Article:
Moving in

From left, UNK students Alex Duncan of Gering and Nicole Kent of Benkelman help Sydney Kerr of Hastings and her mother Stacy on Wednesday as Kerr moves into Men’s Hall on the UNK campus. Upper-level students from the Kearney Health Opportunities Program (KHOP) volunteered to assist new members with the move-in process. 

KEARNEY — Tiana Greer and her mother Twona shared the same emotions Wednesday afternoon as they carefully unloaded a couple of vehicles parked near Mantor Hall on the University of Nebraska at Kearney campus.

They were both excited and nervous.

“I’m excited for her to go from high school to college and just get out in the world and have that experience,” Twona said. “But as a parent, you’re nervous because you’re kind of letting go of your child a little bit.”

Greer, the oldest of four siblings and the first to enroll in college, made the decision to move 2½ hours from her hometown of Omaha to attend UNK and pursue her passion for graphic design.

“I heard the graphic design program is the best here out of all the University of Nebraska campuses,” she said. “That’s what drew me here.”

The Susan Thompson Buffett Foundation Scholarship recipient knows being away from her family will be tough at times, but she’s looking forward to life in a new city and the opportunity to branch out and meet new people.

About 100 yards away, UNK freshman Marissa Baker and her parents were sharing the same experience.

Baker, a biology major and pre-health student from St. Paul, was moving into her room in Men’s Hall, which houses students accepted into UNK’s Honors Program.

“I’m a little bit nervous and a little bit excited,” she said. “It’s nice to move to a city with so many opportunities. Being from a small town, that’s part of what I’m looking forward to — a bigger social group and more things to do. I think it will be fun.”

Her parents, Mike and Judi, were taking the transition quite well for a couple who also were sending a child to college for the first time.

“She’s so ready and so happy to be moving in,” Judi said. “That makes it easy.”

“We’re very fortunate because she’s so independent,” Mike added.

Baker picked UNK over other schools for a variety of reasons. Her campus visit was “amazing,” she said, and her follow-up research only strengthened that opinion.

“It just seemed right for me,” Baker said.

Her parents, both University of Nebraska-Lincoln graduates, agree.

“We like the smaller, homier atmosphere here,” Mike said.

Baker also is part of the Kearney Health Opportunities Program (KHOP), which provides full-tuition scholarships, academic support, professional development and guaranteed admission into the University of Nebraska Medical Center, assuming all requirements are met, for students from rural Nebraska who are pursuing degrees in a number of health care-related fields.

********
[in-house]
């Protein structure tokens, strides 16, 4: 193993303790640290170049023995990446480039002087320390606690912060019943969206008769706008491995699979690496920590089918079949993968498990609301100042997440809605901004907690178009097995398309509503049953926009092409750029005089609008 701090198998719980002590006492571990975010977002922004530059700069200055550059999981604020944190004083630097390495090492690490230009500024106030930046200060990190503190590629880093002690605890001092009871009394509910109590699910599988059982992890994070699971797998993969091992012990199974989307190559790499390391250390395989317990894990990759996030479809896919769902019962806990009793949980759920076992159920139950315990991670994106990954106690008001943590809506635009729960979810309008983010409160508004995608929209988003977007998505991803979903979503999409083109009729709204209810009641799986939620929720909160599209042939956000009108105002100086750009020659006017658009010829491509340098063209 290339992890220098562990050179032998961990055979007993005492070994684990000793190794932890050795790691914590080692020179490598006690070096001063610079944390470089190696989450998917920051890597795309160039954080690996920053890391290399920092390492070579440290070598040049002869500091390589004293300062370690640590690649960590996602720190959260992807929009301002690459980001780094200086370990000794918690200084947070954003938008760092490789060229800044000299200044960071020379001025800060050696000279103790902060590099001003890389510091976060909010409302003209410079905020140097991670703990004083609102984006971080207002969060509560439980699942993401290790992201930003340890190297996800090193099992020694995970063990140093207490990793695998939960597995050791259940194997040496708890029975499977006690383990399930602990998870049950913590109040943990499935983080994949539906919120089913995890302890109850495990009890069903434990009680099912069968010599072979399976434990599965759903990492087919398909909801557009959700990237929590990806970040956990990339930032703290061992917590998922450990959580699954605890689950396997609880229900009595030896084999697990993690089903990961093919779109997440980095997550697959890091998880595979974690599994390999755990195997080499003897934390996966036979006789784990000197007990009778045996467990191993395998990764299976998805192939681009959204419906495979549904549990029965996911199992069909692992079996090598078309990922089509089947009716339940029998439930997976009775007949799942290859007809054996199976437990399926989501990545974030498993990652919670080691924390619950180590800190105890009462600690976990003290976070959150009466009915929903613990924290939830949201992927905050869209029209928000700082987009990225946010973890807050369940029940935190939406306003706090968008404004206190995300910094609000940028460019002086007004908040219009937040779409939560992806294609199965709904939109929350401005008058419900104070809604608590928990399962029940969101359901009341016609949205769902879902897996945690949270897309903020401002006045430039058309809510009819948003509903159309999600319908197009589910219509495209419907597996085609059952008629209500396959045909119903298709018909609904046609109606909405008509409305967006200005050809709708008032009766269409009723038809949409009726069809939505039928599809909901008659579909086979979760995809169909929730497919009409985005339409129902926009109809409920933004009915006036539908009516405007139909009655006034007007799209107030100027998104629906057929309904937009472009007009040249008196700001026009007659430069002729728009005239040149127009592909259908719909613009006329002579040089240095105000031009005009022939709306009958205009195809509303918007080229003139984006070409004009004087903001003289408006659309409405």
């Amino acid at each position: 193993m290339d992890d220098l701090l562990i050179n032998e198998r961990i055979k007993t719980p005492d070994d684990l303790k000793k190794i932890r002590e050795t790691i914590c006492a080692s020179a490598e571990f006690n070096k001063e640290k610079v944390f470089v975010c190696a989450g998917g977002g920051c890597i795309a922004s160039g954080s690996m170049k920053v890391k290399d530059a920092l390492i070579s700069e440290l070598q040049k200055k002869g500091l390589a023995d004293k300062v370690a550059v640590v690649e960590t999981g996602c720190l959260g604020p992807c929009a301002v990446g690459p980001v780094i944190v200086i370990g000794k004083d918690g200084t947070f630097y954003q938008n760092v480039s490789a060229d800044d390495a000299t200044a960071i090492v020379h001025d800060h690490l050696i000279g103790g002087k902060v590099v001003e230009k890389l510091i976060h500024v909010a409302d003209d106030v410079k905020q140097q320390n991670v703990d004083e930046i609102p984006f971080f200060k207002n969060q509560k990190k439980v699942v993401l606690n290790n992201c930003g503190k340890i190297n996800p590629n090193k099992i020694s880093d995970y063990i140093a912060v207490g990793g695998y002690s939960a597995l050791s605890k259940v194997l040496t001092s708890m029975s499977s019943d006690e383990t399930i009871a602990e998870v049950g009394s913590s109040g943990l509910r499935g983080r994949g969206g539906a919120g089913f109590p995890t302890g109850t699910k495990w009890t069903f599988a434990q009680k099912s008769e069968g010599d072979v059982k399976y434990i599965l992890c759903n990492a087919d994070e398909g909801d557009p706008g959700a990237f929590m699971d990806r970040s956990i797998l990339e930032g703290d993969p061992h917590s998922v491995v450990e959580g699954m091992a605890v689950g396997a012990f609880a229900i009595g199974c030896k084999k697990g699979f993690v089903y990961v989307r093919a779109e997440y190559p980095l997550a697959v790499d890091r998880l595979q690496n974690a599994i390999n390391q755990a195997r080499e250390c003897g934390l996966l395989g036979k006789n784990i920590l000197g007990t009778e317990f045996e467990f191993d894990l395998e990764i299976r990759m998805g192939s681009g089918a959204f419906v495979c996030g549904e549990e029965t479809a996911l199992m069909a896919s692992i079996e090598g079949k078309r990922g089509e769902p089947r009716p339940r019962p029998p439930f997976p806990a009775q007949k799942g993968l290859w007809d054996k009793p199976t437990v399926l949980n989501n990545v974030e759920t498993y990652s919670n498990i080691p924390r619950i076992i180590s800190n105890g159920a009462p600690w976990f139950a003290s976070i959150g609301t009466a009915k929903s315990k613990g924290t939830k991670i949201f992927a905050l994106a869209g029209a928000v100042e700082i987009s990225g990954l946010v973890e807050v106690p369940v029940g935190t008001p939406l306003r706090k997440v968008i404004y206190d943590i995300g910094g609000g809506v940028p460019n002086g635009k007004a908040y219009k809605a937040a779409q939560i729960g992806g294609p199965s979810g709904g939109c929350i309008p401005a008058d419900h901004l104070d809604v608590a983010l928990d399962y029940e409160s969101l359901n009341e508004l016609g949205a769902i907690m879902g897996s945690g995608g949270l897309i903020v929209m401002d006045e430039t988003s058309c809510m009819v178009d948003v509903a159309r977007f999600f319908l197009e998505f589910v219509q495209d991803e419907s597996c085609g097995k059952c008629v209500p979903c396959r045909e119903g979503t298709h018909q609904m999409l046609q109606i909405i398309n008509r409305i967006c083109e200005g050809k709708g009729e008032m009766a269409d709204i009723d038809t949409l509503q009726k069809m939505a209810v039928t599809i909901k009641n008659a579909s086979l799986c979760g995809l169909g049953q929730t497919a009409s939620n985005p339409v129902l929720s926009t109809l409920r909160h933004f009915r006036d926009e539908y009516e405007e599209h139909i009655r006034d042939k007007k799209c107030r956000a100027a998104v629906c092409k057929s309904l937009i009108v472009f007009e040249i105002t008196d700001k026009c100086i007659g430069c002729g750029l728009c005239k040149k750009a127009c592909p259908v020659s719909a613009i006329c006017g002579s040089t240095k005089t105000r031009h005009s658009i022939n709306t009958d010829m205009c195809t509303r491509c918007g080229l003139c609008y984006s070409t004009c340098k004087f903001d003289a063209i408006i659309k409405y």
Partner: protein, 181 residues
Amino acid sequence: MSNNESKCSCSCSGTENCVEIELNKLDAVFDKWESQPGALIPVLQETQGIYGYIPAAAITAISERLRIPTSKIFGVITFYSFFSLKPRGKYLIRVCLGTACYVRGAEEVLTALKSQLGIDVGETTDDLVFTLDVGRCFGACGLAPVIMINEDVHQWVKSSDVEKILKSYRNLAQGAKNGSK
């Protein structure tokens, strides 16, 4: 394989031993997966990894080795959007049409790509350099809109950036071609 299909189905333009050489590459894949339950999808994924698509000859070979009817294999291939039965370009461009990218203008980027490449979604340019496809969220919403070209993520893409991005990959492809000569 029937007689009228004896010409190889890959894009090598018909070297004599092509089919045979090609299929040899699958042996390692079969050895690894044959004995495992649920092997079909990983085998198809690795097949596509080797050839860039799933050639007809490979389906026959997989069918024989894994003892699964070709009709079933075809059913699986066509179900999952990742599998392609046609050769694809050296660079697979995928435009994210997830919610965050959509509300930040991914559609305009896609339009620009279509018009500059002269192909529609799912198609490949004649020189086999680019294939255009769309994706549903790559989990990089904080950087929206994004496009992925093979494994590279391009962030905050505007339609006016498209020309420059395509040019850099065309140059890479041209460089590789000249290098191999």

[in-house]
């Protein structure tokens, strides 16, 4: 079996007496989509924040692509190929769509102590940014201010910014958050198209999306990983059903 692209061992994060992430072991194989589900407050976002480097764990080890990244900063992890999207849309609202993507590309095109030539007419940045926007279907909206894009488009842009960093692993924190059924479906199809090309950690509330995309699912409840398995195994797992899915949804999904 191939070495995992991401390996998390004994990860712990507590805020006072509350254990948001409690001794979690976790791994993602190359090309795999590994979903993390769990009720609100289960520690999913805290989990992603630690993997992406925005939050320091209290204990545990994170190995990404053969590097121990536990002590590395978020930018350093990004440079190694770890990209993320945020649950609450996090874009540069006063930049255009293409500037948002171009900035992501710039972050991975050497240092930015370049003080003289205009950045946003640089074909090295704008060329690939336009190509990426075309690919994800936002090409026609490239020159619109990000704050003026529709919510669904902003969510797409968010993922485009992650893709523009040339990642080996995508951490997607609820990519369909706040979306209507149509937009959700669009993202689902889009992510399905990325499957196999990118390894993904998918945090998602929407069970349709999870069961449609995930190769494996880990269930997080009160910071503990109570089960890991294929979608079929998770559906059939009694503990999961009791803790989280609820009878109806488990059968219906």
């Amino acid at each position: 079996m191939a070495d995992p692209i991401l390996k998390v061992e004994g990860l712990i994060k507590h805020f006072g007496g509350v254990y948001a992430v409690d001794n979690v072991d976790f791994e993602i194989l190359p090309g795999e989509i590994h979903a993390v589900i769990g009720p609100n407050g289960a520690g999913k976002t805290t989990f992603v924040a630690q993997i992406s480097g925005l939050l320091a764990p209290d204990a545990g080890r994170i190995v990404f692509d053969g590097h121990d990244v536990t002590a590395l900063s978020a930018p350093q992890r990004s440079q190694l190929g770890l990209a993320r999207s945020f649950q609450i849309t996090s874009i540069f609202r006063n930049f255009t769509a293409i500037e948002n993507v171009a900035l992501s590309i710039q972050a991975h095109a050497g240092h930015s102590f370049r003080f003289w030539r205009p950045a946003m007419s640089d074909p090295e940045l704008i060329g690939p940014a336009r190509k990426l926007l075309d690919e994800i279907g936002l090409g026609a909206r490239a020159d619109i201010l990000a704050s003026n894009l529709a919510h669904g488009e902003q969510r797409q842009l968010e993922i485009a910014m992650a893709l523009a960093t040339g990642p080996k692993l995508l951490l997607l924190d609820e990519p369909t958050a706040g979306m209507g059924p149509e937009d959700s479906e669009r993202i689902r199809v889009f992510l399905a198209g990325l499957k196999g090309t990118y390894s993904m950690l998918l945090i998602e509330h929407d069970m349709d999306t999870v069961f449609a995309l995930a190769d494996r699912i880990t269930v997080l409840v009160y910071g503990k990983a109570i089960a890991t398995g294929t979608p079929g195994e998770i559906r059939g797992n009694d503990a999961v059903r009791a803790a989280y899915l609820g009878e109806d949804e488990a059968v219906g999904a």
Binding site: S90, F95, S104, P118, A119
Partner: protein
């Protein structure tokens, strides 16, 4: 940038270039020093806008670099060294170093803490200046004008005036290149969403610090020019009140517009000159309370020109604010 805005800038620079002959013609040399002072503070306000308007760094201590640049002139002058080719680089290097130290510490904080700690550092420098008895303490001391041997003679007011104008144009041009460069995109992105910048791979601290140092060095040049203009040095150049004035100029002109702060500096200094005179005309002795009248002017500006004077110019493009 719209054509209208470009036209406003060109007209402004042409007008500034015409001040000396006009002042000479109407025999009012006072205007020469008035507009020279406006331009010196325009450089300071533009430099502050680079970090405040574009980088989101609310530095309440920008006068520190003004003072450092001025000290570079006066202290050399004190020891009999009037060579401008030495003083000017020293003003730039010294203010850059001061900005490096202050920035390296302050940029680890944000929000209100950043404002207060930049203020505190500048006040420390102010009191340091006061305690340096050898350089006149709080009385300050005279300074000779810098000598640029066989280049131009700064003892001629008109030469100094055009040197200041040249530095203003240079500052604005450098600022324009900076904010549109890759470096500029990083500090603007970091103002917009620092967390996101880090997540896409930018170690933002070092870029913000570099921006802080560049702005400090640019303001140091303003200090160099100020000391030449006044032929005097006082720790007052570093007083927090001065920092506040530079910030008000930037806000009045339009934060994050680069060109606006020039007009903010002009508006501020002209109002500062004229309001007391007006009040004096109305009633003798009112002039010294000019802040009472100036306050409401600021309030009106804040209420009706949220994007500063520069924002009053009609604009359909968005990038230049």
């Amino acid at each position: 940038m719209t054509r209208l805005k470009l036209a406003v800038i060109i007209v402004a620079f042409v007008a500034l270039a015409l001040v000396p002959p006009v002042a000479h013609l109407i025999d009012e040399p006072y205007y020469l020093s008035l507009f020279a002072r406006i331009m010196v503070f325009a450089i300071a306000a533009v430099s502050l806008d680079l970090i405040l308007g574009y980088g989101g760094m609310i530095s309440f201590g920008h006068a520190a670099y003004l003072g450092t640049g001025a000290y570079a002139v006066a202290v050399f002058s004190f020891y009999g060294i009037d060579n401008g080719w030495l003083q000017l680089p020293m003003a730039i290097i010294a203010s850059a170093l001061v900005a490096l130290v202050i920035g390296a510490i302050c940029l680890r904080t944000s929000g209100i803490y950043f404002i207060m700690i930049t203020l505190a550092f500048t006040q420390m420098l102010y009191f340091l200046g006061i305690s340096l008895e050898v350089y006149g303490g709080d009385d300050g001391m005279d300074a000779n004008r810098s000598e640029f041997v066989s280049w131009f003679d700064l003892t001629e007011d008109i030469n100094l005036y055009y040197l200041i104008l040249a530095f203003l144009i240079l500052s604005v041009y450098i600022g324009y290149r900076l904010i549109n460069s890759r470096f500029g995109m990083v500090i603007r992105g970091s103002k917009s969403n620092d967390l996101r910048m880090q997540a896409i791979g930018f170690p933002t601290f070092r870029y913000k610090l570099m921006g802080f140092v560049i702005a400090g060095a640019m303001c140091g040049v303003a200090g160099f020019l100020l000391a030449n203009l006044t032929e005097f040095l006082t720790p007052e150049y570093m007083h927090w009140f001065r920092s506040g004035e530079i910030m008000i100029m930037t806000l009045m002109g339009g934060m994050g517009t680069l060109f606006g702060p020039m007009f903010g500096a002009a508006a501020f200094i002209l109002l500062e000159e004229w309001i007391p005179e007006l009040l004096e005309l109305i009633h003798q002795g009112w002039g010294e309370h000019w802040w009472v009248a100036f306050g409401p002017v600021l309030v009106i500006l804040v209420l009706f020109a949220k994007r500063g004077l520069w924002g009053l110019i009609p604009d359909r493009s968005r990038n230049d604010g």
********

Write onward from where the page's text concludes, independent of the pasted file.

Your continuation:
That means more hands-on classes and laboratory work for Baker, which is a good thing.

Baker, who met her roommate through New Student Enrollment, was welcomed to campus Wednesday by a group of upper-level KHOP students who volunteered to help new members with the move-in process.

“Being in the middle of campus, I’ll get to meet so many more people and it’ll be easy to get involved,” she said of her room in Men’s Hall. “I’m excited about that.”

Roughly 1,600 students will live in UNK campus housing during the 2019-20 academic year, and they’re not all freshmen.

Phoebe Dunbar, a sophomore from Hastings, is one of the many returning students moving into residence halls this week.

After spending the summer working as a counselor at Lutheran Island Camp in Minnesota, she’s glad to be back at UNK.

“I’m excited for my classes this fall,” the wildlife biology major and Honors Program member said. “I’m looking forward to digging deeper into my major.”

Dunbar, who’s interested in herpetology, the study of reptiles and amphibians, enjoys living on campus because it gives her more opportunities to connect with other students, whether they’re playing board games in the Men’s Hall basement, holding a group study session or singing along as she strums her guitar.

“You get to be a lot more involved when you live on campus,” she said. “It makes UNK feel like home.”

‘Magical’ day at UNK

Although many students who participate in living-learning communities, athletics and other extracurricular activities are already on campus, UNK’s official student move-in day is Friday.

George Holman, associate dean of student affairs and director of residence life at UNK, calls it a “magical” day on campus.

“If you ask faculty and staff on campus, a lot of them would say Friday is their favorite day of the year,” Holman said. “The energy on campus can’t be matched at any other time.

“You’ll see parents who’ve worked the last 18 or 19 years to get their child to this day cry, not because they’re sad, but because they’re proud of what their child has become and they know they’re ready for what UNK will provide. Some students will meet their best man, maid of honor or maybe even their spouse – they just don’t know it yet. It’s a day of firsts you never get to experience again.”

After a weekend to settle in, fall classes begin Monday at UNK.

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